Part film-noir, part library sciences, "Bookhunter" is what happens when book theft is taken seriously. As a librarian, I could only wish that this is how we treated our string of disappearing books. Full of action and behind-the-scenes knowledge, "Bookhunter" is a graphic novel for librarians, teachers, and a word of warning to all readers.
Mar 21, 2017 Sonya rated it really liked it
Over the top. I loved the library references!
Dani Shuping
Jul 08, 2011 Dani Shuping rated it liked it
Shelves: graphic-novel
Being a librarian I’m always interested in seeing comics based upon libraries/librarians and unfortunately (or perhaps fortunately) there aren’t that many of them out there. So when I heard about Bookhunter by Jason Shiga, himself a former library employee, I had to give it a read. Bookhunter tells the story of Agent Bay and his crack team of library police that track down those that steal books and this is the mother of all cases for the team. It’s a wild and somewhat crazy ride into the world ...more
Lisa  Shamchuk
Feb 25, 2017 Lisa Shamchuk rated it liked it
Fun to read, but a bit of a weak ending.
Mar 22, 2011 Katie rated it really liked it
Do you know what they do to book thieves up at Santa Rita?

–Special Agent Bay, in Bookhunter

A historic bible on loan from the Library of Congress has been surreptitiously swapped for a fake, and the library detectives at Oakland Public have only three days to find the original before the feds 'come to collect.' The mild-mannered public library world has previously collided with the denizens of hard-boiled crime fiction (a fabulous Bogart and Bacall trailer springs to mind), but this time it's p
Jan 26, 2010 Dan rated it liked it
Recommends it for: Graphic novel fans, people who are passionate about the library, fans of the sabotage video
Recommended to Dan by: Angeli
The setting, Oakland 1973. This book is about a library detective. His job is to track down lost books. The action is over the top. At one point the detective shoots a fellow officer in his bullet proof vest to provide thrust to get across the room. The whole gag through the book is that the library cops treat missing books like missing people. The story unfolds as a hardcore action packed crime drama, as the library cops investigate a the theft of a rare 19th century bible on loan to the OPL fr ...more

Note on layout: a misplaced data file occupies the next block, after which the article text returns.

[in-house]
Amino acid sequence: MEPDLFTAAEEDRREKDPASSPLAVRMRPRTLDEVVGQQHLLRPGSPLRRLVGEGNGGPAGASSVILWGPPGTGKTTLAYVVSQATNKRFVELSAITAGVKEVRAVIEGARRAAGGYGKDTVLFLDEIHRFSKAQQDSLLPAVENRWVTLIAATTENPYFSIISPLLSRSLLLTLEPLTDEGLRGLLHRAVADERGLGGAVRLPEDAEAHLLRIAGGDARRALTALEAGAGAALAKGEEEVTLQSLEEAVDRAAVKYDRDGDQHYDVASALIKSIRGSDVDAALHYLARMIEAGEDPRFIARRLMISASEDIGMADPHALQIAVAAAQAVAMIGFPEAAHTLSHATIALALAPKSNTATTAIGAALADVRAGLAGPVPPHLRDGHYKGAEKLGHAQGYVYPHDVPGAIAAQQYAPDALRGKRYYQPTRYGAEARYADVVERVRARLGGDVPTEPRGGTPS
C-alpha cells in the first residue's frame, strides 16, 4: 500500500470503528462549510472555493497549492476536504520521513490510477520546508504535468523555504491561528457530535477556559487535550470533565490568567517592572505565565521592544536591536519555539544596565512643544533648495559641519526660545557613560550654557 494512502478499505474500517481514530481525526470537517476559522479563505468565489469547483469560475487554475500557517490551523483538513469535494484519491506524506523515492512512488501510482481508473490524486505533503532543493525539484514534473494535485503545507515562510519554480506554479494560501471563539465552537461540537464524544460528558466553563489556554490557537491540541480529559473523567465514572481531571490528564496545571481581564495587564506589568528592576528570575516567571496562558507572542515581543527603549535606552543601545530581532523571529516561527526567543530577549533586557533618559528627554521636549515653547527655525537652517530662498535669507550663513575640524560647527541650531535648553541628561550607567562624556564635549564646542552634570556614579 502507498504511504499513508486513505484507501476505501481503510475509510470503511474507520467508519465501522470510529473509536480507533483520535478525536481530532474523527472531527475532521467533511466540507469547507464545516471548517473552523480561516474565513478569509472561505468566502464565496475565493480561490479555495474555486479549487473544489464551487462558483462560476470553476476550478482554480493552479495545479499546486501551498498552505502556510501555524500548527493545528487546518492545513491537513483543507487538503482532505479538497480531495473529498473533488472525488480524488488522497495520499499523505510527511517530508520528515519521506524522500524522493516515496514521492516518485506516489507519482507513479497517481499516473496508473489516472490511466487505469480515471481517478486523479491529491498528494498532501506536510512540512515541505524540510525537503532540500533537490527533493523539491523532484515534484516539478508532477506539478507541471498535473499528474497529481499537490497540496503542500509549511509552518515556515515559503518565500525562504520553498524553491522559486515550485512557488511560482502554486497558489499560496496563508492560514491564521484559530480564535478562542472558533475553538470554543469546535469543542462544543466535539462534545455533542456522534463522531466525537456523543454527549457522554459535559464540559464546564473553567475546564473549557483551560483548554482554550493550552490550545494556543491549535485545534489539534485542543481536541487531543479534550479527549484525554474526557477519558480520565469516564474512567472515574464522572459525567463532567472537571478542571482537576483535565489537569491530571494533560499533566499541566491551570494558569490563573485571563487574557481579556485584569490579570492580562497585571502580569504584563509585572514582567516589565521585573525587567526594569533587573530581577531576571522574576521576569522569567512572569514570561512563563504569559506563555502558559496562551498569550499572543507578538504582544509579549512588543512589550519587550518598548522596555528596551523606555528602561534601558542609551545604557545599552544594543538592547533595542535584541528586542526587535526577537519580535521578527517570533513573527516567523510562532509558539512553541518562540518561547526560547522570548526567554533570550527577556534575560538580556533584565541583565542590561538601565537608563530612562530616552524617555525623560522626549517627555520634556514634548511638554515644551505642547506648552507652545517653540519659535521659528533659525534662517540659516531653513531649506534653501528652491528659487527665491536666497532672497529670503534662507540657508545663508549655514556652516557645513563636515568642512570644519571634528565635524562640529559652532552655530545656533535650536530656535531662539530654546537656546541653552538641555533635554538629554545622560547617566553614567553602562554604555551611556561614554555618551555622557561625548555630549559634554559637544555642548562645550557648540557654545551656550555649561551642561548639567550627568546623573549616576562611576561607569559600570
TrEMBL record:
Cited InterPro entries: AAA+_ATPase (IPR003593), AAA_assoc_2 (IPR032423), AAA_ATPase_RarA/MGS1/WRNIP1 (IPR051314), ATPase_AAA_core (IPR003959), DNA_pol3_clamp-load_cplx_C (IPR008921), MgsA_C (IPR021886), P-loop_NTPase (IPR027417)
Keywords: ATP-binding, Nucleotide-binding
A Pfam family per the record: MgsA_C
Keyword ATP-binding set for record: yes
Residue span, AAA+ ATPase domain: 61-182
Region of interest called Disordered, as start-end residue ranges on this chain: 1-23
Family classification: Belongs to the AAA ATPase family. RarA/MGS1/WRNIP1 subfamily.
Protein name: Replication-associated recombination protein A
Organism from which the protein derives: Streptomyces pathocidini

Apr 09, 2008 David rated it it was amazing
Recommended to David by: Librarians, Death Merchants, Library Administrators, Badass Cops
Remember when Phillip Baker Hall swaggered onto the set of Seinfeld as the library detective Bookman and threw down the due-date gantlet with the wonderfully anachronistic Jack Webb lines “Well I got a flash for you, joy-boy: Party time is over!”? This delightful graphic novel thriller delves beneath what was only hinted at there: the dark secret underworld of the library police. Special agent Bay - a total badass more in the mold of Dirty Harry than Joe Friday – has been put on the trail of a r ...more
Dani Peloquin
Apr 07, 2012 Dani Peloquin rated it really liked it
The main character is a special agent who only takes cases that involve books and libraries. He is like the old tv show "Dragnet" but for the literary world. His team is made up for a male scientist who is the stereotpical nerd and a quirky female scientist whose speciality is fingerprints. Similar to the current tv show "CSI" the Bookhunter and his staff hace a lab that is specifically for the investigation of book forgeries, fraud, and theft.

The plot is simple but humorous. The Bookhunter is c
May 22, 2008 Allison rated it it was amazing
Recommends it for: anyone who works in a library.